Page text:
Title:
Denture grinding machine
United States Patent 8682463


Abstract:
A denture grinding machine includes: a denture-holding table for holding dentures; a grinding tool for grinding the dentures held on the denture-holding table; a main body for holding the grinding tool; a moving mechanism for causing relative movement between the denture-holding table and the main body; and a driving mechanism for relatively driving the main body and the denture-holding table. The moving mechanism moves relatively the denture-holding table and the main body in three-dimensional coordinate directions based on grinding portion data, and the grinding tool performs grinding of the denture occlusal surface from a direction perpendicular to the occlusal surface.



Inventors:
Moriyama, Takeshi (Kyoto, JP)
Kadobayashi, Yusei (Kyoto, JP)
Application Number:
13/168044
Publication Date:
03/25/2014
Filing Date:
06/24/2011
Assignee:
Kabushiki Kaisha Shofu (Kyoto, JP)
Primary Class:
Other Classes:
433/68, 433/69, 433/70, 700/164
International Classes:
G06F19/00; A61C5/77
Field of Search:
700/97, 700/164, 433/68, 433/69, 433/70
View Patent Images:
US Patent References:
8423166Method for calculating grinding portion of pre-grinding denture2013-04-16Moriyama et al.700/97
20110318709ARTIFICIAL TOOTH2011-12-29Moriyama et al.433/191
20110318703DENTURE GRINDING MACHINE2011-12-29Moriyama et al.433/69
20080311537Occlusal State Correction-Supporting Apparatus, Program, and Recording Medium2008-12-18Minagi et al.
6832877Dental measuring and machining system2004-12-21Hamada409/96
6568936Method and apparatus for preparing dental restorations2003-05-27MacDougald et al.433/223
20020137002Milling/grinding machine for the manufacture of dental -medical workpieces2002-09-26Bodenmiller
3049804Method and apparatus for shaping and sizing dentures1962-08-21Skinner433/29
2258473Reciprocal dental grinder1941-10-07Scott433/52
2106125Mechanism for grinding artificial dentures1938-01-18Roebuck et al.433/52



Foreign References:
EP12453322002-10-02Milling/grinding machine to manufacture dental workpieces
JP6145749March, 1986
JP2005253756A2005-09-22MANUFACTURING METHOD OF MODEL TOOTH FOR DENTISTRY TRAINING
WO2009035142A12009-03-19DENTAL INLAY GRAFT MEASURING/MACHINING SYSTEM
JPS6145749A1986-03-05
Other References:
Extended European Search Report (in English language) issued Aug. 24, 2012 in corresponding European Patent Application No. 11 00 5213.
Primary Examiner:
Masinick, Michael D.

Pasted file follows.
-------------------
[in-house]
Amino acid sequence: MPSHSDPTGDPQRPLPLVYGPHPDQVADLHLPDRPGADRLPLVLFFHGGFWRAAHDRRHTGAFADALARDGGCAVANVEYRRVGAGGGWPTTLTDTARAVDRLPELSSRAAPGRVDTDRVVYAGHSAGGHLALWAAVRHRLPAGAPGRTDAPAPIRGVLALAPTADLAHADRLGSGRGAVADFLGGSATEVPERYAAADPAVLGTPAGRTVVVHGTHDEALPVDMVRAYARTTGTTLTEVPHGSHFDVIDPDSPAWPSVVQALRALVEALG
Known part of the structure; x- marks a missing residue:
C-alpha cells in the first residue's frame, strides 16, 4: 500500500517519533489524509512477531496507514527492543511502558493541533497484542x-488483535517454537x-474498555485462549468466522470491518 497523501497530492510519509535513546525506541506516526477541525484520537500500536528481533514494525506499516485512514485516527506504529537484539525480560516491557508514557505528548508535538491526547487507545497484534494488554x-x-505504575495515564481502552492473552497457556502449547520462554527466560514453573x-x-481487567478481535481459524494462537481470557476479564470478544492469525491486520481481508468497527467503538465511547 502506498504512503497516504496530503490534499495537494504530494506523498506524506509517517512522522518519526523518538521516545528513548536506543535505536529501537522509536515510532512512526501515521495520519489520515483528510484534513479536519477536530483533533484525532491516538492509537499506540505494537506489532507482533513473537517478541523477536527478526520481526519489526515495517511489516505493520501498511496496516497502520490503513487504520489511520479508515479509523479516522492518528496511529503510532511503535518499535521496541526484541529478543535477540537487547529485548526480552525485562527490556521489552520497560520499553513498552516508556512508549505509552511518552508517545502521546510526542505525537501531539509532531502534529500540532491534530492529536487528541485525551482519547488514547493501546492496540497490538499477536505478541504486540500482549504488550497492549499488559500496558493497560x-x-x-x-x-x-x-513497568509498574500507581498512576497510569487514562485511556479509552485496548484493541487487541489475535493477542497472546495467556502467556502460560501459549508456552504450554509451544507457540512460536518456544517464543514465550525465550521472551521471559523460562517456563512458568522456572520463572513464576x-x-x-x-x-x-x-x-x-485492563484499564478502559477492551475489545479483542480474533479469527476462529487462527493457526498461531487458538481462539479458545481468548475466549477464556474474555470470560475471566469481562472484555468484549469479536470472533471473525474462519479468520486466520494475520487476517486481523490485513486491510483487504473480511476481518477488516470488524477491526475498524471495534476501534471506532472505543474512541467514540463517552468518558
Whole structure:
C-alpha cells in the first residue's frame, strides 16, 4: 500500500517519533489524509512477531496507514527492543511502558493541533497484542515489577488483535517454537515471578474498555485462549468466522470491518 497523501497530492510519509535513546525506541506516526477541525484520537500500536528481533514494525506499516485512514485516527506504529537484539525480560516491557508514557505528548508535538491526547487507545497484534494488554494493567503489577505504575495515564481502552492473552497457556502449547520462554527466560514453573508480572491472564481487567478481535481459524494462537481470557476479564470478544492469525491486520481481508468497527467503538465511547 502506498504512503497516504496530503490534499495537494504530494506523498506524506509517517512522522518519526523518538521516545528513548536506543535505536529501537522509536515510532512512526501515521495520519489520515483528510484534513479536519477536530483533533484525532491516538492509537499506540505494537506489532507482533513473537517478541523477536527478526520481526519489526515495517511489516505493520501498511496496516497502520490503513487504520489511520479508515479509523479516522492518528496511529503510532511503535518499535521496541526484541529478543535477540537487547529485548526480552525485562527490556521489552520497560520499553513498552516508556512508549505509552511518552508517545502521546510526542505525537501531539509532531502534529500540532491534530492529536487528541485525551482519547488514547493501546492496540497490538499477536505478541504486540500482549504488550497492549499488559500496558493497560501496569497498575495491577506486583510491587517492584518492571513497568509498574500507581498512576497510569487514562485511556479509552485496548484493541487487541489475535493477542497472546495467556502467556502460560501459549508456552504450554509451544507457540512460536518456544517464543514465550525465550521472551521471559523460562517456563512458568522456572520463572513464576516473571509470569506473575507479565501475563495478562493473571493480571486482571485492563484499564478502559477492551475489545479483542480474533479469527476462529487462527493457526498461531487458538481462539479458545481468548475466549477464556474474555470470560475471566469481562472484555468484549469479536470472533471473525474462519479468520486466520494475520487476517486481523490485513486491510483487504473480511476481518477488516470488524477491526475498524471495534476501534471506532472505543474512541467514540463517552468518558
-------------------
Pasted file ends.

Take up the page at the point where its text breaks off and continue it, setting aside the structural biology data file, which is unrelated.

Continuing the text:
Attorney, Agent or Firm:
Wenderoth, Lind & Ponack, L.L.P.
Claims:
What is claimed is:

1. A denture grinding machine, comprising: a denture-holding table for holding dentures; a grinding tool for grinding the dentures held on the denture-holding table; a main body for holding the grinding tool; a moving mechanism for causing relative movement between the denture-holding table and the main body; and a driving mechanism for relatively driving the main body and the denture-holding table, wherein the moving mechanism moves relatively the denture-holding table and the main body in three-dimensional coordinate directions based on grinding portion data, wherein the grinding tool performs grinding of the denture occlusal surface from a direction perpendicular to the occlusal surface, wherein the grinding portion data uses data prepared by (1) a jaw-relation reproduction operation of determining a jaw-relation reproduction condition by obtaining a jaw movement information, and reproducing a jaw state of the patient on an occlusion-state reproducing apparatus in accordance with the jaw-relation reproduction condition, (2) a pre-grinding denture production operation of arranging dentures on the occlusion-state reproducing apparatus in accordance with the jaw-relation reproduction condition, and preparing pre-grinding dentures, (3) a measurement operation of measuring denture data with reference points comprising three-dimensional image data of an occlusal surface of the dentures and reference points that represent a positional relationship between the jaw-relation reproduction condition and the pre-grinding dentures, (4) an occlusion-state reproduction operation of reproducing an occlusion state of the denture data with reference points by using the jaw-relation reproduction condition on a three-dimensional image, (5) a grinding data determination operation of determining grinding data of grinding portions under a dynamic condition or set condition from a portion surrounded by an image of upper and lower jaws on the three dimensional image in a reproduced occlusal state, and (6) a preparation operation of preparing denture data with reference points having grinding data, where the denture data with reference points is additionally provided with the grinding data.

2. The denture grinding machine according to claim 1, wherein the grinding tool has a grinding surface on a tip thereof inclined with respect to an axis line, where the grinding surface faces at least one of an occlusion facet on a moving side, an occlusion facet of a working side, and an occlusion facet at forward moving, of the artificial tooth that forms the denture.

3. The denture grinding machine according to claim 1, wherein the drive mechanism is a vibratory device with an ultrasonic vibrator.